Another shop in Tommyfield market in Oldham also claims to be the UK’s ‘oldest fried chip shop’, and whilst historian acknowledges that chips may have come first in the North, due to differing prices of grain, he believes “this transfer of food from the mainstream Jewish community to a gentile society almost inevitably had to take place in east London.”
What nobody can dispute is that after the fish and chips combo was invented, it took off incredibly quickly, and by the 1900s, the meal was “universal” across Britain.
By 1935, the UK housed over 35,000 fish and chip shops (including one in Bradford that had to employ a doorman to manage the queues), and it was the only food not to be rationed in either World War.
Fish and chips was such a well loved pair that some historians report British soldiers even identified each other during the ‘D’ Day landings by calling out ‘fish’ and then waiting for the other to reply ‘chips’.
Professor Panayi cites the fact the meal was “cheap” as a key reason it became so popular. Plus, he says, it was an efficient way for workers to eat “real food” and get nutrition quickly, around a time when most people did manual work.
It might sound hyperbolic, but it has even been asserted that Britain won the first World War because its soldiers were fed fish and chips in the trenches, whilst Germany was blockaded and didn’t have access to the same nutrition.
God bless the chippy, ey?
What happened to fish and chips wrapped in newspaper?
Before the 1980s, fish and chips were often wrapped in newspaper in order to keep prices low, however, the practice has almost entirely been phased out now.
The practice has stopped because it was ruled that doing so was unsafe, as the food came in contact with newspaper ink. Believe it or not, doing so was actually made illegal under the 1990 Food Safety Act.
Nowadays, you’ll likely see chippies serving their fish and chips in food wrapping paper, polystyrene or recyclable cardboard boxes. In order to keep things traditional, some shops cheat a bit and keep a layer of newspaper on the outside, making sure that there’s a layer of wrapping paper in between.
What fish is used to make traditional fish and chips?
The main requirement when cooking fish and chips is that you use a white fish. Professor Panayi says that research suggests plaice was used in fish and chips most commonly when the dish was first eaten, but this changed to cod by the beginning of the 20th century.
Cod still forms the basis of a typical chippy tea today (largely due to its affordability), whilst haddock is also commonplace in fish and chip shops up and down the UK.
While less traditional, it isn’t uncommon for fish and chip shops to sell other white fish, too, like pollock, hake, plaice (as in the old days), and skate, huss or ray. Northern Ireland and some parts of Scotland also often serve whiting.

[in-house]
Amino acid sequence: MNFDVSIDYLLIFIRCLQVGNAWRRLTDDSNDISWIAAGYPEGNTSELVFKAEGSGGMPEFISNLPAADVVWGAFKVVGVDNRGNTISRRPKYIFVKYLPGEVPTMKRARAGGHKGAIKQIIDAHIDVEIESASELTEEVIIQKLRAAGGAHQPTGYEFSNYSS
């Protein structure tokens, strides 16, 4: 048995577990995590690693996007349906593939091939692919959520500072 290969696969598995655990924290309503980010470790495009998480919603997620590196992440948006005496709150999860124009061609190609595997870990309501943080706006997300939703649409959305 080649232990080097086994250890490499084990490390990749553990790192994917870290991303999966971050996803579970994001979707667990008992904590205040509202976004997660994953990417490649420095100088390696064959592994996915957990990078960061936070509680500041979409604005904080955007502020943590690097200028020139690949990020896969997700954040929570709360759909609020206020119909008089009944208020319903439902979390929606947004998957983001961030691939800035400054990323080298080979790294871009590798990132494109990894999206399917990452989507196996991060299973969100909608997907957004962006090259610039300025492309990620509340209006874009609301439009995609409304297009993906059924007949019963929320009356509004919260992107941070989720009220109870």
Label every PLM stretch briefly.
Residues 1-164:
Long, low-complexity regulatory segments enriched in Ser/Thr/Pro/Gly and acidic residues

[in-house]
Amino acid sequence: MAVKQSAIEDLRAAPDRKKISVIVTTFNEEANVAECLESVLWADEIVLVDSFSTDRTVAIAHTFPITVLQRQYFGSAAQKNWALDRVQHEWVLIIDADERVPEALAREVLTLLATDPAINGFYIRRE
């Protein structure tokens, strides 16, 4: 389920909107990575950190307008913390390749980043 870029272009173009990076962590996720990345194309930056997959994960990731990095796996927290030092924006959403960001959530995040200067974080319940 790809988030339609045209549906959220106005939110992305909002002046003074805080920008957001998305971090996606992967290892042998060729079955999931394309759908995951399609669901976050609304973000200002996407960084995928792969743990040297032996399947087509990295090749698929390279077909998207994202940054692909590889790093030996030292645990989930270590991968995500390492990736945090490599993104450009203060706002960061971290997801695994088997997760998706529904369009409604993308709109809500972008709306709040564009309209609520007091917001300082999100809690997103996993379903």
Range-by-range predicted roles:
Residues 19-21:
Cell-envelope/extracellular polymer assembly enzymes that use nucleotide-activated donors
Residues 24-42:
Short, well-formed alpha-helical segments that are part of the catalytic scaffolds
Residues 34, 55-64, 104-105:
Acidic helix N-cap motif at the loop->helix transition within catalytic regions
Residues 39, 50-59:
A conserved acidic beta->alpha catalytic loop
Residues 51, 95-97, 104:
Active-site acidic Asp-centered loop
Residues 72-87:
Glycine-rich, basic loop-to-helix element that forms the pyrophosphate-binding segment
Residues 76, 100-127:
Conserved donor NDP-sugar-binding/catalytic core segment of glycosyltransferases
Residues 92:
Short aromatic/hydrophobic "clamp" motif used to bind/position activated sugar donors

What batter is used to make traditional fish and chips?
As for the batter, this has changed a little over the years, too.
The Professor recounts fish friers telling him they used rice flour in the first few decades of fish and chip mania, and “by the end of the 20th century you could buy ready made batters as well.”
If you’re looking to make a traditional fish and chips batter from scratch, most recipes dictate that you just need water and plain flour, with a dash of baking soda and vinegar to lighten it up and make it bubbly.
Modern iterations of this include beer, although you wouldn’t have seen such a thing back in the day. Contemporary fish friers have discovered that using beers not only gives fried fish its distinctive orange colour, but it also alters the batter’s taste. Some places add larger, whilst others add stout and even bitter to the mix.
How to make traditional ‘chippy’ chips
Chips are the ingredient that vary the most in fish and chip shops across the UK, and Professor Panayi says there is less uniformity when it comes to a consensus over how they were served back in the day.
Today, anyway, ‘chippy chips’ are usually thicker than french fries, like you’d find in the States. They would have typically been cooked in lard, however now it’s more common to see them fried in vegetable oils, due to the high smoke point.
What to have with fish and chips
“Especially in the last three decades, fish and chip shops have diversified in order to survive,” Professor Panayi explains.
Today, you’ll see chippies selling everything from burgers to kebabs as well as their bread and butter. This is because, as takeaway culture has boomed, we’re used to more choice and variety.
Whilst salt and vinegar has long been the most traditional accompaniment, it’s rare you’ll go to a chippy that won’t offer other toppings too, like curry sauce, gravy, baked beans and mushy peas.
Some of these combinations are particularly popular in certain areas of the UK, for instance, the Midlands call chips and mushy peas a “pea mix” and chips with beans a “bean mix”.
You’ll almost always find side orders in your chippy these days too, like scraps (pieces of batter leftover from frying the chips), potato cakes and Saveloy sausages.
All these tweaks to the humble chippy show how much our tastes have evolved over the years. Nobody can dispute that fish and chips are great on their own, but in this day and age you can slather your chips in all sorts.
One thing is consistent, though – no matter if you pile it high or eat it as it comes, the wonder of a chippy tea truly knows no bounds.